Heart attack claims school shuttle man

ASHLEIGH STEWART
Last updated 05:00 07/02/2014

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Michael Sheahan had just dropped off a group of children to school in Christchurch when he suffered a massive heart attack at the wheel of his van.

The Ashburton man spent the last moments of his life attempting to protect other drivers by pulling his vehicle off the road, a move his family says was a true testament to his boundless compassion for others.

The 68-year-old was killed when the van he was driving home to Ashburton crashed into a ditch on State Highway 1 on Tuesday.

Passersby pulled him from his van just before it became engulfed in flames but were unable to revive him.

Brian Sheahan said he and his brother shared a "very close" relationship and used to talk on the phone up to three times a week.

He had lived a quiet life in Ashburton and was "a bit of a loner", but remained part of the community in his own way.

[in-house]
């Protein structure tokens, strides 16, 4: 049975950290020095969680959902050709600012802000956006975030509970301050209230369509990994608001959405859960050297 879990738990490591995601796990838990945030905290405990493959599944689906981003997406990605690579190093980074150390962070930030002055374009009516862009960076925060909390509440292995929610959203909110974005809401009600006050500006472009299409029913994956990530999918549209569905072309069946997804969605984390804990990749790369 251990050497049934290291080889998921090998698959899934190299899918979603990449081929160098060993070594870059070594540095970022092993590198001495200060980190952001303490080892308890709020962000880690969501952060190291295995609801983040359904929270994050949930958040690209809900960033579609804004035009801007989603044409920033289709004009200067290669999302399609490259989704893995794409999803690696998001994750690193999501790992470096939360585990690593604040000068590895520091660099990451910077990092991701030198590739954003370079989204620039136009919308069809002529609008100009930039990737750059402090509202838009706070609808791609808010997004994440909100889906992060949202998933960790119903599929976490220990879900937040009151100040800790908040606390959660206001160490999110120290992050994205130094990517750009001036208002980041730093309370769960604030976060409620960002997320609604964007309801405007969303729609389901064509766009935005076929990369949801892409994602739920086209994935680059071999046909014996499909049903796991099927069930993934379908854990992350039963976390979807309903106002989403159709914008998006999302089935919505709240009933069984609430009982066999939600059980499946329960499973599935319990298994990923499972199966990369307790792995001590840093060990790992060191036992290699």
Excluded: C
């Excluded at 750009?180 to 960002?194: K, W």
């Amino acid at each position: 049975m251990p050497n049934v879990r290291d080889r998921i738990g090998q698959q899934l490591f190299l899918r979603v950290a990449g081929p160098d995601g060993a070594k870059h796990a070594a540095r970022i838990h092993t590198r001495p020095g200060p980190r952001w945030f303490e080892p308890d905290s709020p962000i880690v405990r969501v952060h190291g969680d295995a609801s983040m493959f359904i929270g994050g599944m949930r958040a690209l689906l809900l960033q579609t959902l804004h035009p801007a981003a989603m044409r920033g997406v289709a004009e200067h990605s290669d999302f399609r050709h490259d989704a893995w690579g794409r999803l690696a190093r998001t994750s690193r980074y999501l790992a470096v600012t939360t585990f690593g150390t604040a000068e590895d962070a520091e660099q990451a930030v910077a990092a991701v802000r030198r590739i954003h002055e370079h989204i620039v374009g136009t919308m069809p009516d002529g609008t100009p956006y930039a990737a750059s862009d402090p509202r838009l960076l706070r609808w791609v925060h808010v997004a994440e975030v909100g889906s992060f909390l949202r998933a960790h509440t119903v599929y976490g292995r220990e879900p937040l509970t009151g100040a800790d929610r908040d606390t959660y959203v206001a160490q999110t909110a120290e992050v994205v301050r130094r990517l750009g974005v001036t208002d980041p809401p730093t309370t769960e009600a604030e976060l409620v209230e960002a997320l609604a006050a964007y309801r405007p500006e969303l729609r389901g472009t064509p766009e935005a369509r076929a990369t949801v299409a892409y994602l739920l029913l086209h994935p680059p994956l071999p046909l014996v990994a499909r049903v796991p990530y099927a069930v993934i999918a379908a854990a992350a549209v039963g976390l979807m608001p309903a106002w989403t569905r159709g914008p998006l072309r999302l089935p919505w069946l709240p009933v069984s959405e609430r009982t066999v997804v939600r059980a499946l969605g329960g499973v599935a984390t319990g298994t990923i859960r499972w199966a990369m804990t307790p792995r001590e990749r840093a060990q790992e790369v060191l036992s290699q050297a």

He ran a small shuttle business, transporting Ashburton children daily to and from schools in Christchurch and driving people to and from the airport.

He had just dropped off a group of children and was returning home when he suffered the heart attack that killed him, Brian Sheahan said.

Autopsy results delivered to the family yesterday morning confirmed Michael Sheahan had "had a massive heart attack" in the moments before his death.

"People that were following him saw the van weave in and out of traffic and cross the centre line, as he was trying to avoid people," Brian Sheahan said.

"He tried to do the right thing and get off the road without hitting anybody."

He was unmarried at the time of his death, but is survived by two sons and a daughter.

Brian Sheahan said his brother had refused to retire as he "loved" being at the helm of his business.

"He liked driving, he liked people and he liked children.

"He was quite involved with the school children and their little niggles."

Family members were making their way to Ashburton from the North Island.

Funeral arrangements had yet to be made.

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- The Press

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